This article applies to Visual Studio 2015. If you're looking for the latest Visual Studio documentation, use the version selector at the top left. We recommend upgrading to Visual Studio 2019. Download it here
IntelliSense makes it easier to complete the following tasks:
Find member information.
Insert language elements directly into your code.
Maintain your context without having to leave the code editor.
This topic contains the following sections:
For more information about the IntelliSense functionality of Visual Studio, see Using IntelliSense.
Determining IntelliSense Context
Your current script context is created based on the following items:
Functions that are defined in all script blocks in the active document. Inline script blocks are supported in files that have the file-name extensions .aspx., .ascx, .master, .html, and .htm.
srcattributes that point to another script file. The target script file must have the file-name extension .js.
Reference groups for global objects, IntelliSense extensions, or delay-loaded script files.
References to XML Web services.
The Microsoft Ajax Library, if you are working in an AJAX-enabled ASP.NET Web application.
IntelliSense is not supported for script that is in event-handler attributes on HTML elements, or that is defined in
Processing IntelliSense Information
Traverses the list and collects type information and other relevant data from each file.
Monitors the files for changes that might affect the IntelliSense list and updates the list as needed. Scripts on remote stores (such as those referenced using HTTP) do not get monitored.
Objects defined in remote files that are downloaded by Visual Studio.
Objects specified in XML documentation comments, such as parameters and fields.
When IntelliSense is unable to determine the type of an object, it provides options for statement completion using identifiers in the active document. For more information, see Statement Completion for Identifiers.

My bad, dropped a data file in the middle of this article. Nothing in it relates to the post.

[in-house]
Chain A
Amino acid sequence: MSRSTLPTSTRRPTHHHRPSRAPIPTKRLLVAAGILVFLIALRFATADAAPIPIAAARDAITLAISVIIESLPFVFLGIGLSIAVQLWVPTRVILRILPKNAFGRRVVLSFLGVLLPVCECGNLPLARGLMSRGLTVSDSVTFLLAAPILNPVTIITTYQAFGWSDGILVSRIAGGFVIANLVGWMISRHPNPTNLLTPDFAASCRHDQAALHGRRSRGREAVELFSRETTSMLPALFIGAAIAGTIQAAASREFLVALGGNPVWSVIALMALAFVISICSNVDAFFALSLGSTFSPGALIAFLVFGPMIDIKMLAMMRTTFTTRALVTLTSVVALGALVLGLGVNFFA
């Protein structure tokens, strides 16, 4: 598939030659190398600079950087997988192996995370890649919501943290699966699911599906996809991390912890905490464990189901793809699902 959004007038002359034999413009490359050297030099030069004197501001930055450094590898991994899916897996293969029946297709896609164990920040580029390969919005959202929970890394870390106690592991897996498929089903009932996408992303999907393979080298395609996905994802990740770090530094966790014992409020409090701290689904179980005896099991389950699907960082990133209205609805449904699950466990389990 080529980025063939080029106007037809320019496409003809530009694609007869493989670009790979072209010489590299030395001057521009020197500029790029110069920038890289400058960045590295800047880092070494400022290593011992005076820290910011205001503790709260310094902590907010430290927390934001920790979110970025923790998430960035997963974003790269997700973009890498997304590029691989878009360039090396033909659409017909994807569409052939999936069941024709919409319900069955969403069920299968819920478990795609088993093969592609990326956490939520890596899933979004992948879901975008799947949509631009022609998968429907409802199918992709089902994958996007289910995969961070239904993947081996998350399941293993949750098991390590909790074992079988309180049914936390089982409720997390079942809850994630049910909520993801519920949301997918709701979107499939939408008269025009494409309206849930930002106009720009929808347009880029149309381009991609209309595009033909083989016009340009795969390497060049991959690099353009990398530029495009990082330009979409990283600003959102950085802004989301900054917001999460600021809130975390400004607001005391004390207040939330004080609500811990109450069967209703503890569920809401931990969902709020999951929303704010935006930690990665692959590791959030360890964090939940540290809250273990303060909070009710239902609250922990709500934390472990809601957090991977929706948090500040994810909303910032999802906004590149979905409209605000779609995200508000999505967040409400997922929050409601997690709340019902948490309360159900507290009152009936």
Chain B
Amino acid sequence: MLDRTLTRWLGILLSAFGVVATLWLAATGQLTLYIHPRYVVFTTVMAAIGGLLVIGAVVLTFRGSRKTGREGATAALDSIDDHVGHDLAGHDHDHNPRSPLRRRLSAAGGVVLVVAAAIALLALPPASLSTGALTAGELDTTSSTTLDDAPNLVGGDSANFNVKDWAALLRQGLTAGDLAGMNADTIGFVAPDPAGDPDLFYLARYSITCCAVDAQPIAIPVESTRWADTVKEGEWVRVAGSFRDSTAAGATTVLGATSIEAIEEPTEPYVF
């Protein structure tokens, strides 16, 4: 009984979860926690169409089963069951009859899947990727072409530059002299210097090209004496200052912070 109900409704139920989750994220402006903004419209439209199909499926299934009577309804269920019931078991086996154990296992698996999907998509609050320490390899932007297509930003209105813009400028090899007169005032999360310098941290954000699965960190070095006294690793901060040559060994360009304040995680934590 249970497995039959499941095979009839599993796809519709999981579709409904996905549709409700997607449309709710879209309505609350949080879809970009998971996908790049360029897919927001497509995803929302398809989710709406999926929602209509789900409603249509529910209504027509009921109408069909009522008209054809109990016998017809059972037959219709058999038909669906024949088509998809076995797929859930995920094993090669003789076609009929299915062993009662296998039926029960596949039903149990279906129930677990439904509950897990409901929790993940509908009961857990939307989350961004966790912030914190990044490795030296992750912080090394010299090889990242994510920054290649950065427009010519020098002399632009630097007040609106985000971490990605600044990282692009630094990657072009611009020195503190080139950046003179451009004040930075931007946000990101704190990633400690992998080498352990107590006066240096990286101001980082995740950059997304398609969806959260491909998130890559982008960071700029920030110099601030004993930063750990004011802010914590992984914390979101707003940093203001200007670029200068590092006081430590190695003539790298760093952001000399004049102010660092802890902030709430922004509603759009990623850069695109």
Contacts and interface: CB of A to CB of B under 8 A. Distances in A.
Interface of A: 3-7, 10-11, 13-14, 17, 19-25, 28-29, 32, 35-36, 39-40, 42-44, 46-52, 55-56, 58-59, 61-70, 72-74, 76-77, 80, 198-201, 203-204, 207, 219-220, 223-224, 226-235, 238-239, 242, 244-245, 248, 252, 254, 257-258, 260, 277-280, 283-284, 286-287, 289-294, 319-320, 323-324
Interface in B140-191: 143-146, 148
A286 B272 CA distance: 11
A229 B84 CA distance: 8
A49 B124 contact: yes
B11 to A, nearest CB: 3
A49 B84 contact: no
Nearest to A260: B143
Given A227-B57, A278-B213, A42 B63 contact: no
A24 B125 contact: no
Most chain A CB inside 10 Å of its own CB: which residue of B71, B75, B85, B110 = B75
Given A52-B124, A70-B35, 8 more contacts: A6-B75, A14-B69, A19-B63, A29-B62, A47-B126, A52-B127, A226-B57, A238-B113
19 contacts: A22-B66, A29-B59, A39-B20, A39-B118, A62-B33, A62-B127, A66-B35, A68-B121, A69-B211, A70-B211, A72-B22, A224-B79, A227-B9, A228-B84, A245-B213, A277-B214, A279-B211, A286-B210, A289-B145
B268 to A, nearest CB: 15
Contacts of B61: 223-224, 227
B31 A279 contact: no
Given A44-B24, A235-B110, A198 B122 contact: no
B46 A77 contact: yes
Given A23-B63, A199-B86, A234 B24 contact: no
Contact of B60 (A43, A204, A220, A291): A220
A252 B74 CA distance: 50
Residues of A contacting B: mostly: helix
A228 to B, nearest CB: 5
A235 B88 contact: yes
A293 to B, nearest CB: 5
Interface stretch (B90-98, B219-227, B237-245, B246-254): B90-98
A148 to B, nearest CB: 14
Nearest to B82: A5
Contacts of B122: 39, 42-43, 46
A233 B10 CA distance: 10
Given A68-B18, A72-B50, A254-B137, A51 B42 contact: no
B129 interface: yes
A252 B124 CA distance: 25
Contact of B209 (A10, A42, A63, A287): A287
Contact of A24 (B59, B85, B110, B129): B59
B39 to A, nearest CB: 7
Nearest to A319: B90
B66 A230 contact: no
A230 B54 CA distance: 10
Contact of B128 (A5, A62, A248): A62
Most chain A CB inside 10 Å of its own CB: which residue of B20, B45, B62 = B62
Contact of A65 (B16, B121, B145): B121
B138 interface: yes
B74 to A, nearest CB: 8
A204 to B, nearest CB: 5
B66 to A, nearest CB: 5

HTML DOM Elements
document objects and their members.
Number. For more information about intrinsic objects, see Standard built-in objects.
User-defined Variables, Functions, and Objects
For more information about user-defined variables, functions, and objects, see Creating Your Own Objects on the MSDN website.
External File References
You can include various types of external file references to achieve IntelliSense support in your code. External file references may be script references, reference directives, or they can be specified using reference groups.
Instead of writing all client script in a page, you can reference external files that include scripting code. This makes it easier for you to reuse code between pages, and it enables client script to be cached by the browser.
If you are not working with an ASP.NET AJAX-enabled Web page, you can reference an external script file by using the
src attribute in the opening tag of a
script element. The
src attribute specifies the URL to an external file that contains the source code or data.
The following example shows markup that uses the
src attribute in a <
script> tag to reference a script file.
reference directive enables Visual Studio to establish a relationship between the script you are currently editing and other scripts. The
reference directive lets you include a script file in the scripting context of the current script file. This enables IntelliSense to reference externally defined functions, types, and fields as you code.
You create a
reference directive in the form of an XML comment. The directive must be declared earlier in the file than any script. A
reference directive can include a disk-based script reference, an assembly-based script reference, a service-based script reference, or a page-based script reference.